In addition to his services as an economist, Neild made an important contribution to peace research . Together with the Danish researcher Anders Boserup (1940–1990) he developed strategies for ending the arms race without nuclear weapons ( The Foundations of Defense Defense , 1990), and used his influence to make them known.


  • Pricing and employment in the trade cycle: A study of British manufacturing industry, 1950–51. University Press, Cambridge 1963.
  • with Terence Sydney Ward: The Measurement and Reform of Budgetary Policy. Heinemann Educational Books, London 1978, ISBN 0-435-84880-1 .
  • Tax Policy in Papua New Guinea. Institute of National Affairs, Port Moresby 1980.
  • How to Make Up Your Mind about the Bomb. A. Deutsch, London 1981, ISBN 0-233-97382-6 .
  • An Essay on Strategy: as it Affects the Achievement of Peace in a Nuclear Setting. Macmillan, Houndmills 1990, ISBN 0-333-52986-3 .
  • with Anders Boserup: The Foundations of Defensive Defense. Macmillan, London 1990, ISBN 0-333-52998-7 .
  • The English, the French and the Oyster. Quiller Press, London 1995, ISBN 1-899163-12-3 .
  • Public corruption. The Dark Side of Social Evolution. Anthem, London 2002, ISBN 1-8433-1065-1 .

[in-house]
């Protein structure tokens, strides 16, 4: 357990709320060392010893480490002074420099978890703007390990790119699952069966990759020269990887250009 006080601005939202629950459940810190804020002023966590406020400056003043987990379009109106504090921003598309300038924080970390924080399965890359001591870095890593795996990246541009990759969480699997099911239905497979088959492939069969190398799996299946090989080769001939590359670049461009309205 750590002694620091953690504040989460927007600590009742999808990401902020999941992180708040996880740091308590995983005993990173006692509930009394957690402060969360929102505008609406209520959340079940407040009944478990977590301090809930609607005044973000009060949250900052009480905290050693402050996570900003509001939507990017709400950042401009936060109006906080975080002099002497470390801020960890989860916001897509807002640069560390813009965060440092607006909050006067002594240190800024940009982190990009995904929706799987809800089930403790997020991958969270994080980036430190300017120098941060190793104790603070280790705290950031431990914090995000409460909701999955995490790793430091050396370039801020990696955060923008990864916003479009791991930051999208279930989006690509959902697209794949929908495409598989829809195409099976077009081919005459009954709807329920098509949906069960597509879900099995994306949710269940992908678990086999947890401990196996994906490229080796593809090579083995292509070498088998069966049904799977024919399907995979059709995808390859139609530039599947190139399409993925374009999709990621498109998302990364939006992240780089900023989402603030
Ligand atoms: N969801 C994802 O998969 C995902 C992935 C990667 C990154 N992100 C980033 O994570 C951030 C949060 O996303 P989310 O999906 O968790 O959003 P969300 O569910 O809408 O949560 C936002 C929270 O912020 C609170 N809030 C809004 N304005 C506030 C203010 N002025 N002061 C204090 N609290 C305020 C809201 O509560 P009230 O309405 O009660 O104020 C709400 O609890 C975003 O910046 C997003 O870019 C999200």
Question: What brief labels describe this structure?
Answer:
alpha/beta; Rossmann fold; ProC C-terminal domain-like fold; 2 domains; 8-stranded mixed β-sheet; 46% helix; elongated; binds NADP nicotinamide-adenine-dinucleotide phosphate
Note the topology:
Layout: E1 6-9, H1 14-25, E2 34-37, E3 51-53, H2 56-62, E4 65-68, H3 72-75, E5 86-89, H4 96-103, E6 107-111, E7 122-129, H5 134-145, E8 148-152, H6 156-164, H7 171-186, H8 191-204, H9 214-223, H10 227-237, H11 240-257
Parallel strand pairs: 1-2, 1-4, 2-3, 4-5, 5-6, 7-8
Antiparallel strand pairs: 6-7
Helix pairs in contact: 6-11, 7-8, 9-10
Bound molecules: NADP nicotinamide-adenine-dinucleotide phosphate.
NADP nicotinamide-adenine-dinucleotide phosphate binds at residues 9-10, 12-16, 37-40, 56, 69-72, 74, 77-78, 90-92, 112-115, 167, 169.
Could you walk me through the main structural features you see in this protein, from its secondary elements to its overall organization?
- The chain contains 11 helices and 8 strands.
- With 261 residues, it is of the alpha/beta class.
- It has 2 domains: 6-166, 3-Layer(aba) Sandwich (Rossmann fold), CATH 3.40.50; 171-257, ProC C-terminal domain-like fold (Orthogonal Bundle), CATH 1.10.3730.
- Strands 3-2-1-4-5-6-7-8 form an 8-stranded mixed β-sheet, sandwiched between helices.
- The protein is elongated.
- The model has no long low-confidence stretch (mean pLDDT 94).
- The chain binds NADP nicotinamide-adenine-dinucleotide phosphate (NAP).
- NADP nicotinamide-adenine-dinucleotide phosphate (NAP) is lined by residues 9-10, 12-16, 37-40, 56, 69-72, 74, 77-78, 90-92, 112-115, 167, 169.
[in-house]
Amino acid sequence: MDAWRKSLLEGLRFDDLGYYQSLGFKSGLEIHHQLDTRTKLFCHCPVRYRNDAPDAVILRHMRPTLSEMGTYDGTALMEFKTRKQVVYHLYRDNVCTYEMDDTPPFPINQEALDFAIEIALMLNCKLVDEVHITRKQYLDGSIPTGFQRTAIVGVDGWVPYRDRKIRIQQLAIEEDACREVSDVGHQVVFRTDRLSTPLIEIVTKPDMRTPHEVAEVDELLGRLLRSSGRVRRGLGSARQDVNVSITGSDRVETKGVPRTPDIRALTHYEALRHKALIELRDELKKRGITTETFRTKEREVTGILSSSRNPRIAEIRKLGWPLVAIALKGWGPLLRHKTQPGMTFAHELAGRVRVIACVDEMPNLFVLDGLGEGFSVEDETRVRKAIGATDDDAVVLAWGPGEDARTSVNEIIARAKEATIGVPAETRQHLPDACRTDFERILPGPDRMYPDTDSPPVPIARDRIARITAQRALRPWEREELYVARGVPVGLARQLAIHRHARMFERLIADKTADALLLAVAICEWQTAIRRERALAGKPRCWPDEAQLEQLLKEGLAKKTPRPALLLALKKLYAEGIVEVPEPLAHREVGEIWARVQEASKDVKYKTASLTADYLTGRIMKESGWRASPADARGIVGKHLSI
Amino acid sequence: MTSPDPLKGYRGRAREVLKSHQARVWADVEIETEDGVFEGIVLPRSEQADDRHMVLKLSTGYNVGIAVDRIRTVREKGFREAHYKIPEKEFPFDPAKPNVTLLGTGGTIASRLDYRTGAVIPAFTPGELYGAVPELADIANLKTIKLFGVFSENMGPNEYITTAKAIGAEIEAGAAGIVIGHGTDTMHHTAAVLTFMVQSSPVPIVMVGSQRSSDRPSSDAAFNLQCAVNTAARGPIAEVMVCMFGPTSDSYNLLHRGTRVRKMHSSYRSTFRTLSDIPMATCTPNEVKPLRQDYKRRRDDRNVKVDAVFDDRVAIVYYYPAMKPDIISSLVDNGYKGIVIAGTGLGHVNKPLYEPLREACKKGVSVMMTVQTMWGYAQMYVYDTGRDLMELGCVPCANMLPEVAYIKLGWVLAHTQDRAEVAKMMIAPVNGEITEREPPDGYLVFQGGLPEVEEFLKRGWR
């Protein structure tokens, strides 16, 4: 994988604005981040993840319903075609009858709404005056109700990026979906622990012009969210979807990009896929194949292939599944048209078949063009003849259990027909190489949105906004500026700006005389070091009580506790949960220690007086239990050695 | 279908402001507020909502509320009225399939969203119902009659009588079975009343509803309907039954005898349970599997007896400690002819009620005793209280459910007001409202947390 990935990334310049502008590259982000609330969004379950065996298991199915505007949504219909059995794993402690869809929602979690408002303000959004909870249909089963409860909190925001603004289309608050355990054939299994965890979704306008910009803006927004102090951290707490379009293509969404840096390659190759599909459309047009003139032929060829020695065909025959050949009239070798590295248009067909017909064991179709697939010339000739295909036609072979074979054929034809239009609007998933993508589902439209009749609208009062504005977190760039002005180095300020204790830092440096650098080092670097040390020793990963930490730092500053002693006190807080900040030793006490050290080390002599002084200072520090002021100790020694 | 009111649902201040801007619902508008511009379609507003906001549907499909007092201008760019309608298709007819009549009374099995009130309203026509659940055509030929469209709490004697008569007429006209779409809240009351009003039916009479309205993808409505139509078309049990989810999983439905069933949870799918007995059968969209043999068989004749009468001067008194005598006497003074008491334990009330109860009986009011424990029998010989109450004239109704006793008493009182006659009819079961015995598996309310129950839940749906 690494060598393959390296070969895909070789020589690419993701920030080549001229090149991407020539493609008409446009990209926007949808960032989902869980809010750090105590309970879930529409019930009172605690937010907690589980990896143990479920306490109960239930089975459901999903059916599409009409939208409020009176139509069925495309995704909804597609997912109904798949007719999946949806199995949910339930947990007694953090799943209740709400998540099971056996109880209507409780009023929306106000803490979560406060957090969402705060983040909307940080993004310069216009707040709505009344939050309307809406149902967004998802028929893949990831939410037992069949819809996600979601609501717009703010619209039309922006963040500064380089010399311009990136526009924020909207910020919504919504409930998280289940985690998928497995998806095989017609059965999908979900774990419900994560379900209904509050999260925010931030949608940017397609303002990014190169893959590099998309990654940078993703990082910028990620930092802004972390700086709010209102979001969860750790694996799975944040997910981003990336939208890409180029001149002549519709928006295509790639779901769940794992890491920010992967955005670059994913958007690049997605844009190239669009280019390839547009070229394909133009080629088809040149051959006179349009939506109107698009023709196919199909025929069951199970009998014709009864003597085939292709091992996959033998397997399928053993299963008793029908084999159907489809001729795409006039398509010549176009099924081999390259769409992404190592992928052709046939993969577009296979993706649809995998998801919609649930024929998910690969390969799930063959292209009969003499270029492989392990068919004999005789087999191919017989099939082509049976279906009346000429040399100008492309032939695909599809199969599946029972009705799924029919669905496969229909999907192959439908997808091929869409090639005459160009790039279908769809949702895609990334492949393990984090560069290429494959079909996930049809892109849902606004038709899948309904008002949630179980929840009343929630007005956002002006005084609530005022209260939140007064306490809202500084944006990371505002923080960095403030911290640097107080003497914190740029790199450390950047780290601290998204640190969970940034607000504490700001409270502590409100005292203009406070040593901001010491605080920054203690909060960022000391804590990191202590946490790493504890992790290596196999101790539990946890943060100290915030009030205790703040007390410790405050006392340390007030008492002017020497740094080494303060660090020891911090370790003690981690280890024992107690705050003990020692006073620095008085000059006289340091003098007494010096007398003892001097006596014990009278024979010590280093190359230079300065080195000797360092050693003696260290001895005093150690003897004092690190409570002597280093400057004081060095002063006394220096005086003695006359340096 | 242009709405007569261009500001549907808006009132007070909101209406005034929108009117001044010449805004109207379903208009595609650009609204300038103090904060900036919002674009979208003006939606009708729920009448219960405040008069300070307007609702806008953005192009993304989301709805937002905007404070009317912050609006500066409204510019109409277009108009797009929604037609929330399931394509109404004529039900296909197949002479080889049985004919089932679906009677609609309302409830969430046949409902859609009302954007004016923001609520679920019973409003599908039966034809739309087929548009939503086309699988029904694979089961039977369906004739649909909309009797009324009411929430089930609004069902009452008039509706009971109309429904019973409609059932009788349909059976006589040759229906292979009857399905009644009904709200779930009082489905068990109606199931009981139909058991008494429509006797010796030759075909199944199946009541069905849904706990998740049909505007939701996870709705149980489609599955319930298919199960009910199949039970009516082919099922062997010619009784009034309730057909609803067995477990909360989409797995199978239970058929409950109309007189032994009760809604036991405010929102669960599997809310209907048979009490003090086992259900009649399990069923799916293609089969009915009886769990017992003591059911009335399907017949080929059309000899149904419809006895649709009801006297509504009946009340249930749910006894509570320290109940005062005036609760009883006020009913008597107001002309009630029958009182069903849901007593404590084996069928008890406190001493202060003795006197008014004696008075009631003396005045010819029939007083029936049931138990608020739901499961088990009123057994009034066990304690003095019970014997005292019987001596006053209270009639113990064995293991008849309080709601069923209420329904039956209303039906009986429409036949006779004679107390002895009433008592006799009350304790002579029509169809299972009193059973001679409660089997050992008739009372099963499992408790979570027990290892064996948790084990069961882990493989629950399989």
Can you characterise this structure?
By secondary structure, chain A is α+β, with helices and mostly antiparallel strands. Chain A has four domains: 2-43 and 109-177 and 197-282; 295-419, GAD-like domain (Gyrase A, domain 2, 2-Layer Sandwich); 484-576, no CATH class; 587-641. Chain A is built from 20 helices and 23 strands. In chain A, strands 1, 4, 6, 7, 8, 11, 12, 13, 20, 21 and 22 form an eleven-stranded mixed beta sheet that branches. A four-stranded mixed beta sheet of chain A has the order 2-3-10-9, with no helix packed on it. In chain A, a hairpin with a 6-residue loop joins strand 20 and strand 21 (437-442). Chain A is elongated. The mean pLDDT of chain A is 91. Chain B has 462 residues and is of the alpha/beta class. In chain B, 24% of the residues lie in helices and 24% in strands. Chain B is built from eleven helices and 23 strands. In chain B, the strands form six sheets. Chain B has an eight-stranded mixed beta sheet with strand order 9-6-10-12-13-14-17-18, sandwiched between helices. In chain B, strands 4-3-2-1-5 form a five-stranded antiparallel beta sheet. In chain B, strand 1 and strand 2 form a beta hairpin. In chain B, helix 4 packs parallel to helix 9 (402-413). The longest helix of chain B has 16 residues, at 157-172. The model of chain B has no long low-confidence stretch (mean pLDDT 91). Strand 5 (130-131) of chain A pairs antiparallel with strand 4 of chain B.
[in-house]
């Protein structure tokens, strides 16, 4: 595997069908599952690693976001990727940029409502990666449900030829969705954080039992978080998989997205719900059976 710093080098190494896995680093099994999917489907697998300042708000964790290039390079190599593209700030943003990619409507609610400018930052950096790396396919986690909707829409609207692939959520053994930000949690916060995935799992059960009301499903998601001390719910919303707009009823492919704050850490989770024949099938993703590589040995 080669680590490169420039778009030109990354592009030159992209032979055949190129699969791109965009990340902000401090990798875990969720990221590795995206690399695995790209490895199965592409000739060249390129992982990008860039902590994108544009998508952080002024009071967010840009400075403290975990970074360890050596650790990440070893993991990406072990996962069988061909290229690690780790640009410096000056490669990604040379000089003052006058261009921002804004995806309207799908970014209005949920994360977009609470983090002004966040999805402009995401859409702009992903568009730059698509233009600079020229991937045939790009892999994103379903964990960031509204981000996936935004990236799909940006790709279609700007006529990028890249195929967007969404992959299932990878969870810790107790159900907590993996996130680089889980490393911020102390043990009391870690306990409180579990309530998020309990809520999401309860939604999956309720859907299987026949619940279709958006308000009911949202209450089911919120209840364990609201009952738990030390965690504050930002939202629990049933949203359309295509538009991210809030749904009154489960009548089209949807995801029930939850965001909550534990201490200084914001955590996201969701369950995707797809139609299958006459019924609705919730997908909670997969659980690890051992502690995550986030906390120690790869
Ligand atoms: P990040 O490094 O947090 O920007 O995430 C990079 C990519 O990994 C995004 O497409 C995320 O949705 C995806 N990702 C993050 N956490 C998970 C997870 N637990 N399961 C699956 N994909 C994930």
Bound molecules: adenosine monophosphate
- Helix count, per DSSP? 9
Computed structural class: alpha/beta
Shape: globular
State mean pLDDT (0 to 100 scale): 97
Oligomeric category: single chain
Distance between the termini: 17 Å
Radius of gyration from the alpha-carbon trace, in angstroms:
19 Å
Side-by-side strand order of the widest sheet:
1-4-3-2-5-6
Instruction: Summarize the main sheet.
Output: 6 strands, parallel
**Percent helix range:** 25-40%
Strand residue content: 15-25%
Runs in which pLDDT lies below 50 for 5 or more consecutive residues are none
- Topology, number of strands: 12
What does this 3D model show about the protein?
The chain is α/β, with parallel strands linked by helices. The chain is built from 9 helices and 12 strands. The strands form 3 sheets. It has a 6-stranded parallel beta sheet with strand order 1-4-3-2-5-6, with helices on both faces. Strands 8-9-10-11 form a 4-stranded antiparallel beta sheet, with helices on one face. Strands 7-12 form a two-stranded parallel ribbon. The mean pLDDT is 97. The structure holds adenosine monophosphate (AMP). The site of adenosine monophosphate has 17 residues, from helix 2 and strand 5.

• Riches and Responsibility: The financial history of Trinity College. Granta Editions, Cambridge 2008.
  • The Financial History of Cambridge University. Thames River Press, London 2012, ISBN 978-0-85728-515-7 .

Web links

Individual evidence

  1. a b c d e f g h Geoffrey M. Hodgson, Francesca Gagliardi, David Gindis: From Cambridge Keynesian to institutional economist: the unnoticed contributions of Robert Neild. In: Journal of Institutional Economics. Volume 14, Issue 4, August 2018, pp. 767–786. doi : 10.1017 / S1744137417000534
  2. ^ Neild, Prof. Robert Ralph. In: The academic who's who: university teachers in the British Isles in arts, education and social sciences, 1973-1974. Black, London 1973.
  3. a b c Neild, Prof. Robert Ralph. In: Who's Who 2018. Black. doi : 10.1093 / ww / 9780199540884.013.U29283